“not your typical, stuffy, "don't touch" museum!”
This is not your typical stuffy museum.... visit us and you’ll walk right into an era long past. A simpler time where big machines did work, powered factories, moved mountains, fed the country or just entertained humanity. Those machines are ready to enlighten and entertain your family, taking you on a journey not to be forgotten. More than just Railroads Hesston Sawmill Take an entire tree and cut it into lumber? Huge logs are loaded up and a 60 inch saw blade will amaze you with the speed in which it cuts. Children will have a better understanding of where lumber comes from so they will appreciate wood as a resource, not just a material. This steam powered sawmill is very typical of local mills that were found in our area and surrounding towns and villages across the county. Operates on select weekends. Electric Power Plant and Stationary Engine On special weekends, volunteers generate electricity with the city of LaPorte’s first electric generator. The steam engine will spin the dynamo to create 60 KW of DC current, showing how labor intensive it was to create power 100 years ago. This “light plant” was located in the LaPorte courthouse powerhouse. Steam Crane Iconic in size and appearance, the Browning Locomotive steam crane is used to lift logs on to the sawmill skid-way when operation demands. Originally built for the US Navy in 1941 by the Browning Crane & Shovel Company. Steam Traction Engines America’s unsung hero: The steam traction engine, sometimes referred to as a steam tractor, was a versatile tool for the farmer. It was responsible for increased food production in the 1890s - 1925. Farmers could finally purchase a machine to pull plows and power devices like threshing machines - tasks horses did before these unique machines were available. The museum’s examples of the steam traction engine come from numerous manufacturers and were built between 1899 - 1922. Operation is on select weekends and in full swing at the Labor Day Weekend Steam & Power Show when the threshing machine is used to process grains for the fall harvest. Visit our Rustic Blacksmith Shop Every town, village, or settlement had a blacksmith. The craft was indispensable back in the early 1900s. Everything from wagon wheels to plows was repaired, as well as nails and other hardware produced, at your local smith. Our blacksmith shop is open various days throughout the operating season. Visit the blacksmith and see how fire, anvil, and hammer come together with artistic knowledge to create useful and beautiful creations. You can even purchase some of these one-of-a-kind items from the Depot Store - the museum's gift shop. Three different railroads for your family to ride and huge machines working hard to entertain and educate your family. Each of our three railroads have their own story. The full size railroad is of very rare narrow gauge equipment from many counties which was used to haul freight and/or passengers for commerce. Our largest locomotive is a Shay type that hauled logs out of the mountains in the West. The medium sized vintage Kiddieland railroad provided entertainment as part of small amusement parks from the 1920s through the 1970s. One more small railroad (one-eighth scale) takes your family through the woods and on an under/over bridge route that is fun for “kids” of all ages. These trains are built by craftsmen and some even operate on steam power just like the full sized locomotives. An amazing hobby that kids dream of, thankfully you don't have to spend years of your life in building these works of art to experience them!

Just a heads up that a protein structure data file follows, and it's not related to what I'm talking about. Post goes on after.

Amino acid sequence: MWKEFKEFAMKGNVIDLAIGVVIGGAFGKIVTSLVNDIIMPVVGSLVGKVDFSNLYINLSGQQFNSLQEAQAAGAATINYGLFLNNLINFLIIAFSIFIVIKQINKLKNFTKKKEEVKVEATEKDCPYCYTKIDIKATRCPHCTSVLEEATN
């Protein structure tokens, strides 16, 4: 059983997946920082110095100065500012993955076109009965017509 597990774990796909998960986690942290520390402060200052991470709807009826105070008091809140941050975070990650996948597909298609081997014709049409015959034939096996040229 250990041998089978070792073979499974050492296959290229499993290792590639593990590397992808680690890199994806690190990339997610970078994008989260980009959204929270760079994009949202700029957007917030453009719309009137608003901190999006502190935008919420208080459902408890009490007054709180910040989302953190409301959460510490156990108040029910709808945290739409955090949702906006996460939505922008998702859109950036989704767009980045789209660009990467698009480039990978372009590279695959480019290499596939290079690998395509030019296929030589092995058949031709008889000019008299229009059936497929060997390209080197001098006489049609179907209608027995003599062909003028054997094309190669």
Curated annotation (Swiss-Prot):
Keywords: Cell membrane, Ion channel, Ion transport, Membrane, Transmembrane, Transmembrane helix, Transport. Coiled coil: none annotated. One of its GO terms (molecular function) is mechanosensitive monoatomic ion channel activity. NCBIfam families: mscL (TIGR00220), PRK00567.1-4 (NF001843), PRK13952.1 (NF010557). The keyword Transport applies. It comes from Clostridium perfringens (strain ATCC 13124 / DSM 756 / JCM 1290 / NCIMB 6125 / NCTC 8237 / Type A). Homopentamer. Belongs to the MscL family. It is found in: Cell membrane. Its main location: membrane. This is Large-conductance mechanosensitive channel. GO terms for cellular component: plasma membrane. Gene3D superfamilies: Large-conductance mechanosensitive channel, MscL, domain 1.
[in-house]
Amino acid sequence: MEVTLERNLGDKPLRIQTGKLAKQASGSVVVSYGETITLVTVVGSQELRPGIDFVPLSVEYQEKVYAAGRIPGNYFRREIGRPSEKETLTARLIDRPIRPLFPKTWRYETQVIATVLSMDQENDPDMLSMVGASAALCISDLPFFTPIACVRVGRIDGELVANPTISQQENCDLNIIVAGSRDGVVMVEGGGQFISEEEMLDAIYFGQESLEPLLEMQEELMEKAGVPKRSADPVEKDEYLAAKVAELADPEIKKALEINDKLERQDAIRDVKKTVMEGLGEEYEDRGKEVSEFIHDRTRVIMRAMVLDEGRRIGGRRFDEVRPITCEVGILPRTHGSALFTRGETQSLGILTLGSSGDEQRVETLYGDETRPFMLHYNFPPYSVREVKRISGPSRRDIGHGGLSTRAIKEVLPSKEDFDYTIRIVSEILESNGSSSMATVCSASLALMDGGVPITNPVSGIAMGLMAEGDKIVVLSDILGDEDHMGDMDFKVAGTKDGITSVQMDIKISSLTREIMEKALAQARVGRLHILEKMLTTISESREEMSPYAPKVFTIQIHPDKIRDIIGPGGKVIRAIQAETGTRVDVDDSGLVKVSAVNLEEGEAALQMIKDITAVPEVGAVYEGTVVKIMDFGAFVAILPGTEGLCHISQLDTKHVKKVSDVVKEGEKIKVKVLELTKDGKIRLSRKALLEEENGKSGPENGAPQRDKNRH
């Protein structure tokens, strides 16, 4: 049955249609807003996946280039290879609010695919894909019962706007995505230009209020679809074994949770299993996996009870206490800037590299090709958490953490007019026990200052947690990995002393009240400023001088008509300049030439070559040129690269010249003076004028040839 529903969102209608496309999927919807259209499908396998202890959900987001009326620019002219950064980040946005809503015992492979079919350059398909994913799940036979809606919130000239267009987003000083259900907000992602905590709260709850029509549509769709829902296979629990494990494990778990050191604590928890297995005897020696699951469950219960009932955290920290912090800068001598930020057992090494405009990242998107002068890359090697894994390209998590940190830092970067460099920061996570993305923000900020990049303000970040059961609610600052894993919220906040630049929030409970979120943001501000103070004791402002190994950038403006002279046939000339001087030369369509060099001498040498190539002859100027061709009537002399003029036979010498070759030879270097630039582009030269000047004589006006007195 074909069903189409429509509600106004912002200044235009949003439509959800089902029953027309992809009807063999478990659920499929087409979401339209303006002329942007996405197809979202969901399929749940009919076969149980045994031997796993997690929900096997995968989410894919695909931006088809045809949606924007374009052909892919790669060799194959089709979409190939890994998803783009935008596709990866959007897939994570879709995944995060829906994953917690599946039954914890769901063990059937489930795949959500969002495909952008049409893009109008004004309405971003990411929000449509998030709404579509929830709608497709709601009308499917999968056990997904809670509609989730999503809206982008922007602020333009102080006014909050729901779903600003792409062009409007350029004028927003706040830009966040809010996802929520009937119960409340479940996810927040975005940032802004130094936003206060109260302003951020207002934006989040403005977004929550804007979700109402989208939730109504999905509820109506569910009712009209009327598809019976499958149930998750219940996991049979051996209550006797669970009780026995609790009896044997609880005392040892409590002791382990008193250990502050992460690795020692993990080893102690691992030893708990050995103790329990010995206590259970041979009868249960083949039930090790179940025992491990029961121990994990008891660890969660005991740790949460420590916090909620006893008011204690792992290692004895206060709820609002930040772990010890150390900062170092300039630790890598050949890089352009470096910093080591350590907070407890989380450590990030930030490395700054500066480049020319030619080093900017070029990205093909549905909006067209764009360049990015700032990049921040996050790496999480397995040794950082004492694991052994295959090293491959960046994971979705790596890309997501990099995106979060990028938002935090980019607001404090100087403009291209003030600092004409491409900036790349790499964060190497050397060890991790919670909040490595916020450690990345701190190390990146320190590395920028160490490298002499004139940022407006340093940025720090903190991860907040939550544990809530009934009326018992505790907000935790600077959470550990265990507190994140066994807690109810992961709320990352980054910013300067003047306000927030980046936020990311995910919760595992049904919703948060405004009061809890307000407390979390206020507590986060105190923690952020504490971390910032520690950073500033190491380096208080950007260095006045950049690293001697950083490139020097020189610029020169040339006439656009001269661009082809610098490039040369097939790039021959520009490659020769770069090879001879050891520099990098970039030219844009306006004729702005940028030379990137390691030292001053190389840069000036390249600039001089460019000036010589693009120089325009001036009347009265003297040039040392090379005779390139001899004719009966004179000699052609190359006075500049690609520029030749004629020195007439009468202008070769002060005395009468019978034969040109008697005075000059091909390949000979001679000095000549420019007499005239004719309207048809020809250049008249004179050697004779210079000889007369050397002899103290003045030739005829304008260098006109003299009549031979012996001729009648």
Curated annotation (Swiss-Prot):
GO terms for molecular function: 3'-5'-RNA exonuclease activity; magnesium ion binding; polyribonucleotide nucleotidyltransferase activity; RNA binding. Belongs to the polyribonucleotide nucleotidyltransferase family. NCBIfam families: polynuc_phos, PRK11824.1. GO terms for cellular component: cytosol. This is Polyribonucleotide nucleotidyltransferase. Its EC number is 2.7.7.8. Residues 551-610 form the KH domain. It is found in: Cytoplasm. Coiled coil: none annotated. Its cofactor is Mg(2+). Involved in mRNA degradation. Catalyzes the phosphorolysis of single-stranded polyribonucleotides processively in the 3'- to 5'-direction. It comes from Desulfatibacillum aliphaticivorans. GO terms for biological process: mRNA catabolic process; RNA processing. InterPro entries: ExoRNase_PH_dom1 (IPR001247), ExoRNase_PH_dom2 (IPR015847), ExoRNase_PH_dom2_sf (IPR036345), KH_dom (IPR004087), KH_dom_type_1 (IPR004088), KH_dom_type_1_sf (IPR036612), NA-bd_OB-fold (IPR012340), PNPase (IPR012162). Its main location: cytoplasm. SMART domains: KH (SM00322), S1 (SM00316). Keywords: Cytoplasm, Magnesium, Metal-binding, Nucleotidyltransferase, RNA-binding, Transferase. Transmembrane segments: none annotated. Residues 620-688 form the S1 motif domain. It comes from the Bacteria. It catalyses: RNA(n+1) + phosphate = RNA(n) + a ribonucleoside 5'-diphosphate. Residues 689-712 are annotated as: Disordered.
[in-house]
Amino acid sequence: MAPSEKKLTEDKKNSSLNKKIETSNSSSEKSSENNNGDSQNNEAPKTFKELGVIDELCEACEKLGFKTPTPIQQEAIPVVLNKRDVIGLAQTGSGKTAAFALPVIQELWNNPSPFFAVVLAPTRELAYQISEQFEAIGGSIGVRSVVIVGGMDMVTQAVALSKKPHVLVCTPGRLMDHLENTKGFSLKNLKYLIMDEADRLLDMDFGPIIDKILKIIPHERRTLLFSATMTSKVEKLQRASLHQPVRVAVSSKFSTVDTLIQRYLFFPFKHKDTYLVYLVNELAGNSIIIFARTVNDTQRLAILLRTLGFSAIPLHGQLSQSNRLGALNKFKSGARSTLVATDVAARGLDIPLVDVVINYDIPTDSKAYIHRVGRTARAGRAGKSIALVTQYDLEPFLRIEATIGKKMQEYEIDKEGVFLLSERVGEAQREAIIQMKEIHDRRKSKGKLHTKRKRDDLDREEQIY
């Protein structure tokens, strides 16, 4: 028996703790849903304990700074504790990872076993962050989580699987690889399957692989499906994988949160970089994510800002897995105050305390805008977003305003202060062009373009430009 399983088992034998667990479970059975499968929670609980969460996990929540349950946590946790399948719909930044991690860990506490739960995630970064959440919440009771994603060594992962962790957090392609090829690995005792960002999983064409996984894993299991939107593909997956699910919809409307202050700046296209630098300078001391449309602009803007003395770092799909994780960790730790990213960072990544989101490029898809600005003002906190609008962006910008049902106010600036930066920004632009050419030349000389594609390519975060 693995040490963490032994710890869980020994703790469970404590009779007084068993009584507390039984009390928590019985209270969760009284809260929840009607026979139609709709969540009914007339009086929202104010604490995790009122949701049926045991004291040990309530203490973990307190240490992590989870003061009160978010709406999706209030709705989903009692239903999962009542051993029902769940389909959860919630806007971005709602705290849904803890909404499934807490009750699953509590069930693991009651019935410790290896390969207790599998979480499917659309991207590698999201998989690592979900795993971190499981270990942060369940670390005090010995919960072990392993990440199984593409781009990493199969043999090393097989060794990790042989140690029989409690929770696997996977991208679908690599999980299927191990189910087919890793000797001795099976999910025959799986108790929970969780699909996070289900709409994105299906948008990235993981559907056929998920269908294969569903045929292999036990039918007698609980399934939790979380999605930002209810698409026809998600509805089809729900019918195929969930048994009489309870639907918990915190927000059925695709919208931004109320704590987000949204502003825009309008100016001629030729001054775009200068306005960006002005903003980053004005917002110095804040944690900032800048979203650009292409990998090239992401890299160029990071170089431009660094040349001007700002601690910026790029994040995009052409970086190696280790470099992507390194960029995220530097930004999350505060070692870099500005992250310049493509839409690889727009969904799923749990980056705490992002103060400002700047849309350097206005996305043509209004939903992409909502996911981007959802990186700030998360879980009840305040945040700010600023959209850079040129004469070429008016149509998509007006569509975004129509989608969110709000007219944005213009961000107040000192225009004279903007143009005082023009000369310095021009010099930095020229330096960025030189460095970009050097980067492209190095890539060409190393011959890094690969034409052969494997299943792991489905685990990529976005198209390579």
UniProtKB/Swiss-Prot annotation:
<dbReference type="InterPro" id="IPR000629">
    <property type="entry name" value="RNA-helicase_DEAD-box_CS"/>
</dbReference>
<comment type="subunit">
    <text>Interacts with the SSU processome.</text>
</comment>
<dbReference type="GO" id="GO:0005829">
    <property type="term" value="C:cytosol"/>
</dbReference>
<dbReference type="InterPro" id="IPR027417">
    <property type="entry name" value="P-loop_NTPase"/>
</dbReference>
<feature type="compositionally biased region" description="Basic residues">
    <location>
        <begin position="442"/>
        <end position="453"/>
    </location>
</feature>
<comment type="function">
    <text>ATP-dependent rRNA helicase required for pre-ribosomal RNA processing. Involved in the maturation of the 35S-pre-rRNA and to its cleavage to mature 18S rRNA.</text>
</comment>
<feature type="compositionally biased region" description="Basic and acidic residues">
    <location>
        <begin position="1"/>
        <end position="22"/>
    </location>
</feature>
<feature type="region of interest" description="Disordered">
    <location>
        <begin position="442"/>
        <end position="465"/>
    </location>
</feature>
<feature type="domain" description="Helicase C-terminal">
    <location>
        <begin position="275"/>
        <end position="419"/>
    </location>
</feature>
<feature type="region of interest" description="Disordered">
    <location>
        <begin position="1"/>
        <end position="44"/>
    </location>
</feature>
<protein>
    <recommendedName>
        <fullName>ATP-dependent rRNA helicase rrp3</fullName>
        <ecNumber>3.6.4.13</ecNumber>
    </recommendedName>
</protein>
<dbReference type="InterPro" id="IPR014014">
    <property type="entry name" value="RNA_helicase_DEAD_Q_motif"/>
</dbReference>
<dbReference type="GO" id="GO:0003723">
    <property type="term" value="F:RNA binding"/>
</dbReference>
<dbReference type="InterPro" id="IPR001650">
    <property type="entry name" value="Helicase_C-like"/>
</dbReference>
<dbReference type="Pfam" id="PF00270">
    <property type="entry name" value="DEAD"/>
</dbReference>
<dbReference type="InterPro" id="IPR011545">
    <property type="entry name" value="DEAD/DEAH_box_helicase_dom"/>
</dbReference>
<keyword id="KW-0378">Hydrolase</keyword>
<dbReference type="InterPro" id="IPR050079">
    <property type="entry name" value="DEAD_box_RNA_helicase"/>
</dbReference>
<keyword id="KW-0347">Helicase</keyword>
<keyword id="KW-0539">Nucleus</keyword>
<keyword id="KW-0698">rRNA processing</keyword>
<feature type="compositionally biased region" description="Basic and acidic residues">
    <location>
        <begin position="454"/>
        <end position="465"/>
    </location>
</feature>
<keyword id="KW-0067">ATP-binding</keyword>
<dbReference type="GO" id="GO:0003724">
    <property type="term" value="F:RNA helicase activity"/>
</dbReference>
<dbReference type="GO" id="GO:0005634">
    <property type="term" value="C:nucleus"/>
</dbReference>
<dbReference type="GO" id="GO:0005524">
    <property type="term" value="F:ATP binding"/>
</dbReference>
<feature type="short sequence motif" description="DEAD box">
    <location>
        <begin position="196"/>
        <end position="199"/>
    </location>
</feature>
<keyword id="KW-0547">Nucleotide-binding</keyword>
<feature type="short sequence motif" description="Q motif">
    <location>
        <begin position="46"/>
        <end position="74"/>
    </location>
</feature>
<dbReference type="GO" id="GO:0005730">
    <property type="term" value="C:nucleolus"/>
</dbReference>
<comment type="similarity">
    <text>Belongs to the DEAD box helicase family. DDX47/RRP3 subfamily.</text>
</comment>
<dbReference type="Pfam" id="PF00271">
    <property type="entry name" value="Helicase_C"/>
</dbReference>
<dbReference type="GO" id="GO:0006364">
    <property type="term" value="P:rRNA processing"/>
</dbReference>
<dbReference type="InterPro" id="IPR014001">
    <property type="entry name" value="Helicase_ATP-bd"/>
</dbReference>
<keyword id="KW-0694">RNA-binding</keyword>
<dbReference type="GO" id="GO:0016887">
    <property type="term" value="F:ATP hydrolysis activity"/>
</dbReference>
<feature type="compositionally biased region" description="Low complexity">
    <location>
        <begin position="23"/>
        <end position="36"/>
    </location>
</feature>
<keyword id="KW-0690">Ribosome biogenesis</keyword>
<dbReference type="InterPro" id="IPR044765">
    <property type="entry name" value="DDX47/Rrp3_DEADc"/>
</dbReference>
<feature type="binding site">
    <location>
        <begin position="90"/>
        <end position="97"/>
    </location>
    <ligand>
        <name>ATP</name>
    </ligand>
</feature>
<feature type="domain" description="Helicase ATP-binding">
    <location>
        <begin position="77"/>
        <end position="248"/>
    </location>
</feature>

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Hesston Steam Museum
- Sun, Mon, Fri, Sat: 8:00 am - 5:00 pm
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